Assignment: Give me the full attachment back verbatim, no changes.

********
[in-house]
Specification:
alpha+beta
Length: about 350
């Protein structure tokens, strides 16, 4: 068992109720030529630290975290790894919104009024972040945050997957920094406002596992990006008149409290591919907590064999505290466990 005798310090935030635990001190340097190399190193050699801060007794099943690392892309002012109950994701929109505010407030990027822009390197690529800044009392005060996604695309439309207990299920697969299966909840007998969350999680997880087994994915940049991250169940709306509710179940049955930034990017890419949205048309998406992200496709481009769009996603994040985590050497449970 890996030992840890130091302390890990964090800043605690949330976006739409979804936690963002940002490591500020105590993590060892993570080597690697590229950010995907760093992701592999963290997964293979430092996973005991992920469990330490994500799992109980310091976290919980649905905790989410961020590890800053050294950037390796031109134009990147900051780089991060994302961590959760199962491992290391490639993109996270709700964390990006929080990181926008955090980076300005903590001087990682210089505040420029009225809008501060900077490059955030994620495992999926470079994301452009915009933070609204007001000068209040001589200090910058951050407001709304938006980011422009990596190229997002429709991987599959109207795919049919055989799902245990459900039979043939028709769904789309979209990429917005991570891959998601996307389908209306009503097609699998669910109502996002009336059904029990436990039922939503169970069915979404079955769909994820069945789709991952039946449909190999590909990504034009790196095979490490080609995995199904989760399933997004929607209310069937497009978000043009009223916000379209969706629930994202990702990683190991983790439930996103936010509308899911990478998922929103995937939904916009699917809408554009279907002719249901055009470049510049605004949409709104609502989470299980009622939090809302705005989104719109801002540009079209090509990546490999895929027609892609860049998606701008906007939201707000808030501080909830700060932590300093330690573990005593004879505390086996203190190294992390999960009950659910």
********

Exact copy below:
[in-house]
Specification:
alpha+beta
Length: about 350
């Protein structure tokens, strides 16, 4: 068992109720030529630290975290790894919104009024972040945050997957920094406002596992990006008149409290591919907590064999505290466990 005798310090935030635990001190340097190399190193050699801060007794099943690392892309002012109950994701929109505010407030990027822009390197690529800044009392005060996604695309439309207990299920697969299966909840007998969350999680997880087994994915940049991250169940709306509710179940049955930034990017890419949205048309998406992200496709481009769009996603994040985590050497449970 890996030992840890130091302390890990964090800043605690949330976006739409979804936690963002940002490591500020105590993590060892993570080597690697590229950010995907760093992701592999963290997964293979430092996973005991992920469990330490994500799992109980310091976290919980649905905790989410961020590890800053050294950037390796031109134009990147900051780089991060994302961590959760199962491992290391490639993109996270709700964390990006929080990181926008955090980076300005903590001087990682210089505040420029009225809008501060900077490059955030994620495992999926470079994301452009915009933070609204007001000068209040001589200090910058951050407001709304938006980011422009990596190229997002429709991987599959109207795919049919055989799902245990459900039979043939028709769904789309979209990429917005991570891959998601996307389908209306009503097609699998669910109502996002009336059904029990436990039922939503169970069915979404079955769909994820069945789709991952039946449909190999590909990504034009790196095979490490080609995995199904989760399933997004929607209310069937497009978000043009009223916000379209969706629930994202990702990683190991983790439930996103936010509308899911990478998922929103995937939904916009699917809408554009279907002719249901055009470049510049605004949409709104609502989470299980009622939090809302705005989104719109801002540009079209090509990546490999895929027609892609860049998606701008906007939201707000808030501080909830700060932590300093330690573990005593004879505390086996203190190294992390999960009950659910």